The reasons behind the Italian armed forces growing marijuana in a military lab are more noble than you might expect. Apparently, the army is doing so after it was agreed upon by the country’s Ministry of Defense and the Ministry of Health “to lower costs and make it more available to those who need it.” Think Progress compares the Italian approach to pot with the American way below.

Think Progress:

The approach to the controversial medical treatment represents somewhat of a departure from how marijuana is regulated here in the U.S.

While medical marijuana has been legal in Italy since 2007, it is extremely expensive; one month of treatment for multiple sclerosis is around 700 euros. According to the Italian newspaper La Stampa, only around 60 people in Italy had access to it through the Azienda Sanitaria Locale, which issues health insurance on a local level.

Under the plan, the laboratory, which currently produces drugs for the Italian military, will distribute the marijuana it grows to pharmacies through out the country starting in 2015. Private pharmacies, however, will not be allowed to produce their own medical marijuana because of “the delicacy of this issue,” the Health Minister Beatrice Lorenzin said. She said that through the new program, the cost of medical marijuana should be cut in half and that fewer people will have to buy it from street dealers…Here in the United States, 23 states and the District of Columbia have made medical marijuana legal. However, there have been difficulties in lowering the cost of medical marijuana for Americans who want to use it. Health insurance does not cover medical marijuana due to its status as a Schedule 1 controlled substance, so users must pay out of pocket, which can cost hundreds of dollars. Some states and cities have found their own ways of lowering the cost of medical pot, like giving patients income-based discounts or setting aside two percent of product for low-income patients.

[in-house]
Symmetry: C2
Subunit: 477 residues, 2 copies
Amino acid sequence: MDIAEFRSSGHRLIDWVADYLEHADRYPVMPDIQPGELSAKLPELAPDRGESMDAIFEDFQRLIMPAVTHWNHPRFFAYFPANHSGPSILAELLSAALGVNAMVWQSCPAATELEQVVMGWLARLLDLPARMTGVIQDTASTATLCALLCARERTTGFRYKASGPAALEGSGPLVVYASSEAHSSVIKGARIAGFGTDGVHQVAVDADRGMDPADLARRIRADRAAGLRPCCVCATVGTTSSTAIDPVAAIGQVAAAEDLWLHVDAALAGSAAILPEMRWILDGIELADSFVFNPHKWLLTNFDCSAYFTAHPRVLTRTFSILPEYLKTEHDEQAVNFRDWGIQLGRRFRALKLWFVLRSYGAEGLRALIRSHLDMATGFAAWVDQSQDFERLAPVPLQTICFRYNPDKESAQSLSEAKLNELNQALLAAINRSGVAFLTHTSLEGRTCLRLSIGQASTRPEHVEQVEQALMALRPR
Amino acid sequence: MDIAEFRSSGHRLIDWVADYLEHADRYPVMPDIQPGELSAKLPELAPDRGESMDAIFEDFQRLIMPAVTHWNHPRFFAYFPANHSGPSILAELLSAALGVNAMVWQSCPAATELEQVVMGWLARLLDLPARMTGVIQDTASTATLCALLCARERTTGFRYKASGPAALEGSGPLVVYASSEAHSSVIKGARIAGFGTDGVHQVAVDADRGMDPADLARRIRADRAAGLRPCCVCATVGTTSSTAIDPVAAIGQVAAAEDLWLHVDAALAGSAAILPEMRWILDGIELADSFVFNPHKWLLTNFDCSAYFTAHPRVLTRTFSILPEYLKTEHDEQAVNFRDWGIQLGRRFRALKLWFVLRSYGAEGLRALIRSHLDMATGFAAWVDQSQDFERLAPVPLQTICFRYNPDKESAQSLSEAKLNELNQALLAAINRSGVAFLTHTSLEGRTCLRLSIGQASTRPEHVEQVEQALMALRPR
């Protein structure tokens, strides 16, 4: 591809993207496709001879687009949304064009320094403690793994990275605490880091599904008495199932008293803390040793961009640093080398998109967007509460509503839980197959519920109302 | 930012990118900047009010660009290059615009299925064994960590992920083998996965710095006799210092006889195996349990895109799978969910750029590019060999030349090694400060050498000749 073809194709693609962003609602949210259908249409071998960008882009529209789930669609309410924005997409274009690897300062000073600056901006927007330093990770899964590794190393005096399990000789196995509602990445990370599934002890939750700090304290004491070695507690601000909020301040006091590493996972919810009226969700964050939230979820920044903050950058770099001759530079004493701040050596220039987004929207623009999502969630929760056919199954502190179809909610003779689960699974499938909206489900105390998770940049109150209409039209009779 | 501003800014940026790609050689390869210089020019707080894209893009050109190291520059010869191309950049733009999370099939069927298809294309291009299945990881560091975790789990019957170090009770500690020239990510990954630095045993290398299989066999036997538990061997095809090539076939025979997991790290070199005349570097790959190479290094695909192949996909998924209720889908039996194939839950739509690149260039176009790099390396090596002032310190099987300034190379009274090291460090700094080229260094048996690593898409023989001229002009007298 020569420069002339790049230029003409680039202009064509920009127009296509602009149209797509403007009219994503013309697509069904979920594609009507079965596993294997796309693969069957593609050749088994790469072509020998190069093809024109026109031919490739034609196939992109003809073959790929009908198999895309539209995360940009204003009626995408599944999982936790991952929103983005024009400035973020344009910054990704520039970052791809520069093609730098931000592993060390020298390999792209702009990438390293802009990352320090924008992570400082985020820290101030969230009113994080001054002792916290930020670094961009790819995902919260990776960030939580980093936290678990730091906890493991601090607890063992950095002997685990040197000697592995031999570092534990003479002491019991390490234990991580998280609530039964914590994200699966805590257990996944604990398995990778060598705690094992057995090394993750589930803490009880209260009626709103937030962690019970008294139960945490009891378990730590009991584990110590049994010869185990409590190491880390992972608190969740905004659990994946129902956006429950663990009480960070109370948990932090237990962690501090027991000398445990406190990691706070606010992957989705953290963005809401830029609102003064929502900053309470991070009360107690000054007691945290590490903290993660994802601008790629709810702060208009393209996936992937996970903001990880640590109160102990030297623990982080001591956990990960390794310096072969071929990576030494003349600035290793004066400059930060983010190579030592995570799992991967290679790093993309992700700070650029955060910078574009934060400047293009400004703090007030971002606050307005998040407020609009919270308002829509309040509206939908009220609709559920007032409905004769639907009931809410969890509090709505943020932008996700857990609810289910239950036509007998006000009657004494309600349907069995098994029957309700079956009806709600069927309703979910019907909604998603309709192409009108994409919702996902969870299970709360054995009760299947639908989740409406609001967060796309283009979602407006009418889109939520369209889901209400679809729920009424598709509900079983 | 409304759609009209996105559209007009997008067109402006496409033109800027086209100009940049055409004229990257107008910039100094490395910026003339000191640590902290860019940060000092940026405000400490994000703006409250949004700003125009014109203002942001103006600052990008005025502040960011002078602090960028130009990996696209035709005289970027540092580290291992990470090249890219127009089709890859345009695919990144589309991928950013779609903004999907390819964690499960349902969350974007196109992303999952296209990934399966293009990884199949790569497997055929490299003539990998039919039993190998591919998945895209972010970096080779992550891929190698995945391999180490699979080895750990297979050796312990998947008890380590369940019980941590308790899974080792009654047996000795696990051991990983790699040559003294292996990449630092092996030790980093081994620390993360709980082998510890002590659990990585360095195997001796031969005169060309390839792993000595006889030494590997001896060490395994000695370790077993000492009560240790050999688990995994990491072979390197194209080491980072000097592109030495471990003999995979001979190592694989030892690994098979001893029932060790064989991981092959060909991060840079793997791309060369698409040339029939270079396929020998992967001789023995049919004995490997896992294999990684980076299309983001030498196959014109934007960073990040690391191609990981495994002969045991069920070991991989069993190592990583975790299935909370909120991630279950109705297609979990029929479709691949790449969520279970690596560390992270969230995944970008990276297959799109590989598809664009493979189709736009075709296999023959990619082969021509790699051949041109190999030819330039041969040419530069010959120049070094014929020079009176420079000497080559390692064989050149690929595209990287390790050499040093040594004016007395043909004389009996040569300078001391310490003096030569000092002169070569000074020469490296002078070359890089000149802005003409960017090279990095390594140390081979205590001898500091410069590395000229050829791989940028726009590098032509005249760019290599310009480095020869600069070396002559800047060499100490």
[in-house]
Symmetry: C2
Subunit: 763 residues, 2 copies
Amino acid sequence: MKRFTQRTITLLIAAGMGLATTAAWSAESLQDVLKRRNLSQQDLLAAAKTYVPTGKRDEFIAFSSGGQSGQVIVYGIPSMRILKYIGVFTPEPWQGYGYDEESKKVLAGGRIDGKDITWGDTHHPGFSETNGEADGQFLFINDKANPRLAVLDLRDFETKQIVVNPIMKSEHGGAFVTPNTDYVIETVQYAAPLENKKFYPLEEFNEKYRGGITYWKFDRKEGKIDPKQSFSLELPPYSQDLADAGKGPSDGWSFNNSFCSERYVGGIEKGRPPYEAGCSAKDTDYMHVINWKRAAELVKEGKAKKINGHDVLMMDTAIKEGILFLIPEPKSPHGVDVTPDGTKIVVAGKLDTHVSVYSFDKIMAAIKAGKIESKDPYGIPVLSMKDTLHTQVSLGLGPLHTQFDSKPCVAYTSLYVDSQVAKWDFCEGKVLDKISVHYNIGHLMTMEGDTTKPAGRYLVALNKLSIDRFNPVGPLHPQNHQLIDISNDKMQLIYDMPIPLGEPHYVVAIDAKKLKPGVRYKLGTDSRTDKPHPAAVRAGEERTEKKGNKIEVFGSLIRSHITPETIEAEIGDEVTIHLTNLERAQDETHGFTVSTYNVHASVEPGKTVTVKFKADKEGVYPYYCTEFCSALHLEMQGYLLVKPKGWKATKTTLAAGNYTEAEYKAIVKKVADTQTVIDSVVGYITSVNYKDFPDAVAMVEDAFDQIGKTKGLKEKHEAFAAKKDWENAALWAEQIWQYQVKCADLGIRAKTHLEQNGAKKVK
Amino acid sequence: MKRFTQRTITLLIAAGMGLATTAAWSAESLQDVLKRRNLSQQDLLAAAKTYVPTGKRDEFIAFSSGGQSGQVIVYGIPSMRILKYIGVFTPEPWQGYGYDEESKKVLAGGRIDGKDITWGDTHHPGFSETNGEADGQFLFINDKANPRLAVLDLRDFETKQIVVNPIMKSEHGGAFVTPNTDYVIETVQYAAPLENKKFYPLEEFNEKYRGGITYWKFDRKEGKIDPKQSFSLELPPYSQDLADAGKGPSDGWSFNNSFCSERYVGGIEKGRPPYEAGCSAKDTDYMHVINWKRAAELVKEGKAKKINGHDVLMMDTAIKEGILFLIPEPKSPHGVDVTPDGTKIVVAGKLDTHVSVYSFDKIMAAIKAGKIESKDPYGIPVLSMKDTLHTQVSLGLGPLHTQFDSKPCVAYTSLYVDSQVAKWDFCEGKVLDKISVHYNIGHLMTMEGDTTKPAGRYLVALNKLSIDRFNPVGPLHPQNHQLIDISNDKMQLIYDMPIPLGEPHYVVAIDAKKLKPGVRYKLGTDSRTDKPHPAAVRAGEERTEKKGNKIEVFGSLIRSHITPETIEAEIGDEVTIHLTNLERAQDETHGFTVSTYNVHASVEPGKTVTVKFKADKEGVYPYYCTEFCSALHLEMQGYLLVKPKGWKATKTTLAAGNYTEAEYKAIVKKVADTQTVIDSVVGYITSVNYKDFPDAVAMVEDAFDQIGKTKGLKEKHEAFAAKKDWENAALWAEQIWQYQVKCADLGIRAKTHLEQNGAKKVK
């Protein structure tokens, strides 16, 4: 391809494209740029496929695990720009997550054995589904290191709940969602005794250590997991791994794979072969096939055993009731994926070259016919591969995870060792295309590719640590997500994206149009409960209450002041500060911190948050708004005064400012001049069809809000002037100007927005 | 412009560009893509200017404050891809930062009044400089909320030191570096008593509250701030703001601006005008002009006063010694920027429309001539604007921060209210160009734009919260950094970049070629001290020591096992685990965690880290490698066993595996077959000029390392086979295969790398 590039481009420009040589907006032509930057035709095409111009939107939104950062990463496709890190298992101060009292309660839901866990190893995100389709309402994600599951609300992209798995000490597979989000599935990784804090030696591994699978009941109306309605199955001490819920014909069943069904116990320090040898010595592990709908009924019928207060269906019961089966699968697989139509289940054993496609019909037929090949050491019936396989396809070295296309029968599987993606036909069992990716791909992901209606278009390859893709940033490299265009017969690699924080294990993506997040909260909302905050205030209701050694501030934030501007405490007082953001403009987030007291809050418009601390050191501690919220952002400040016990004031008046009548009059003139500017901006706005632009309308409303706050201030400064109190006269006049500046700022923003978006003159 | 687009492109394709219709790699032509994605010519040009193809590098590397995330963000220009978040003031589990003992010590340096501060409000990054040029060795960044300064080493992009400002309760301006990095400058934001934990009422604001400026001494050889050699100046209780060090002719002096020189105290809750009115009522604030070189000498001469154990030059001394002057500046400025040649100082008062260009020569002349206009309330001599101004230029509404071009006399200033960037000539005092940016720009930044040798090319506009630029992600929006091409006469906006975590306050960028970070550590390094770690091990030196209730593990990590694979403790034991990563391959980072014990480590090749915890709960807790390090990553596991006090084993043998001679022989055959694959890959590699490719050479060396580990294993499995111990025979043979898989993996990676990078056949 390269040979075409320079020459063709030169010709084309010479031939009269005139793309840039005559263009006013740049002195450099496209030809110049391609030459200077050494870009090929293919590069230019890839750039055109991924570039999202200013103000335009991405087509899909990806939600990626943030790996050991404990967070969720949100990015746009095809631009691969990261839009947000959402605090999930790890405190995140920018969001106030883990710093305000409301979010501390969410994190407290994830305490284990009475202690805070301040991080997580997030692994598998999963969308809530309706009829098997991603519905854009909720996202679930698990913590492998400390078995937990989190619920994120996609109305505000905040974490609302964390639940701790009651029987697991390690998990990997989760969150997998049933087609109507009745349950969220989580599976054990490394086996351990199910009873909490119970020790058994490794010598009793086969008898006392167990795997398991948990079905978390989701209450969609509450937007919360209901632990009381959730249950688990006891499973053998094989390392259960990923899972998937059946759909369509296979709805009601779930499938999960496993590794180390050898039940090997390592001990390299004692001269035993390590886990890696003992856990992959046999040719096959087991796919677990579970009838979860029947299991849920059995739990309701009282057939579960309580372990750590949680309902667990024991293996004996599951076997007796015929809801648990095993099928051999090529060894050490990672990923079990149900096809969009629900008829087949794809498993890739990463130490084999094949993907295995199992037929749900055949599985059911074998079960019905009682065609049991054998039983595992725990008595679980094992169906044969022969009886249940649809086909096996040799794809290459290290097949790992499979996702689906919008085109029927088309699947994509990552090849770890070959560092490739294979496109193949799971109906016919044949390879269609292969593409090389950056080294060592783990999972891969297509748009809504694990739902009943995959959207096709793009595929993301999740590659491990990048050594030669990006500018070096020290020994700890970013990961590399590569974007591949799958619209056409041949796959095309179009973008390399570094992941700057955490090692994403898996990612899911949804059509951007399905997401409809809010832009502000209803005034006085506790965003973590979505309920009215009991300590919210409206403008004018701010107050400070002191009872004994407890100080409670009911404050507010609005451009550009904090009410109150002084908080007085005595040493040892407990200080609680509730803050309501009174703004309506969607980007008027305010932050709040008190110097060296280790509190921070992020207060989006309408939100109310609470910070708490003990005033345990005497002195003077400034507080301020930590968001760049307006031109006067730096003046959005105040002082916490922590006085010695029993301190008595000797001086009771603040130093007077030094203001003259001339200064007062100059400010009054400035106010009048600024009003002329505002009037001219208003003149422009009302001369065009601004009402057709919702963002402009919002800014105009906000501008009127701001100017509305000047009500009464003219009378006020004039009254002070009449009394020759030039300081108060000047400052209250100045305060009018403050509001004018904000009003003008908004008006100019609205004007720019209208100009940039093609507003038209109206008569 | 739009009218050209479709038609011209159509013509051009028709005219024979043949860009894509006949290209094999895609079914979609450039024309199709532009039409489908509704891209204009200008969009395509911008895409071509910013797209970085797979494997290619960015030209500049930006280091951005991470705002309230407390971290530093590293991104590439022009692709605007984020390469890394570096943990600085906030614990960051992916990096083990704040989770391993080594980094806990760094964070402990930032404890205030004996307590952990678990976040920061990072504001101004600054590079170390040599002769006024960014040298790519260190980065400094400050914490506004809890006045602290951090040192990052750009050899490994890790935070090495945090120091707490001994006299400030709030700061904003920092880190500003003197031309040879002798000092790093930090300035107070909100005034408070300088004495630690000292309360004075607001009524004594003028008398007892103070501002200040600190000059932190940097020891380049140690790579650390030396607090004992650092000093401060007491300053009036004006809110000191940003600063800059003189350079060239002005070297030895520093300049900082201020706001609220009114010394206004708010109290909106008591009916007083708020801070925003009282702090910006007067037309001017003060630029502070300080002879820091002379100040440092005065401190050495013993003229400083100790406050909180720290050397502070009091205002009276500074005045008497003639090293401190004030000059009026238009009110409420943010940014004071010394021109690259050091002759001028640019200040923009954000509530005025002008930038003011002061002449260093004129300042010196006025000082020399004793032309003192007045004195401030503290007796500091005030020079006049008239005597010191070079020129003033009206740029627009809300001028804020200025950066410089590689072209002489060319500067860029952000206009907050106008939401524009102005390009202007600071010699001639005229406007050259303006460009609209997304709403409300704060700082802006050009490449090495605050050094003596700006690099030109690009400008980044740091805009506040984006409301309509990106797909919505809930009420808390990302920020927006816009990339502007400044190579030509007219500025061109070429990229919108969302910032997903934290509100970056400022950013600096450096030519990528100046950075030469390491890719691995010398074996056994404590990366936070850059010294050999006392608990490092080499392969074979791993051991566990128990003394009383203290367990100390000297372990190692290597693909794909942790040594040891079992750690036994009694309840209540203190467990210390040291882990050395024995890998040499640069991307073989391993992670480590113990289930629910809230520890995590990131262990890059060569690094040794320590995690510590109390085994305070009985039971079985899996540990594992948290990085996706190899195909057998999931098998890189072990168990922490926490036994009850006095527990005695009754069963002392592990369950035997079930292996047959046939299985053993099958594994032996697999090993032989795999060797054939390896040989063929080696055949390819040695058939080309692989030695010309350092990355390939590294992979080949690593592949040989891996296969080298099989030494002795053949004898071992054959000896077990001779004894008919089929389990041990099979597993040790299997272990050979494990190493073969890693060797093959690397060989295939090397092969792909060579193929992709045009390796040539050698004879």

Meanwhile, federally-funded research on medical marijuana is non-existent; this summer, the University of Arizona fired Dr. Sue Sisley, who was the only person to gain approval from the federal government to use marijuana legally in her research. In Massachusetts, doctors who advise medical marijuana dispensaries reported that the Drug Enforcement Administration has threatened to suspend their DEA licenses.

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—Posted by Natasha Hakimi Zapata

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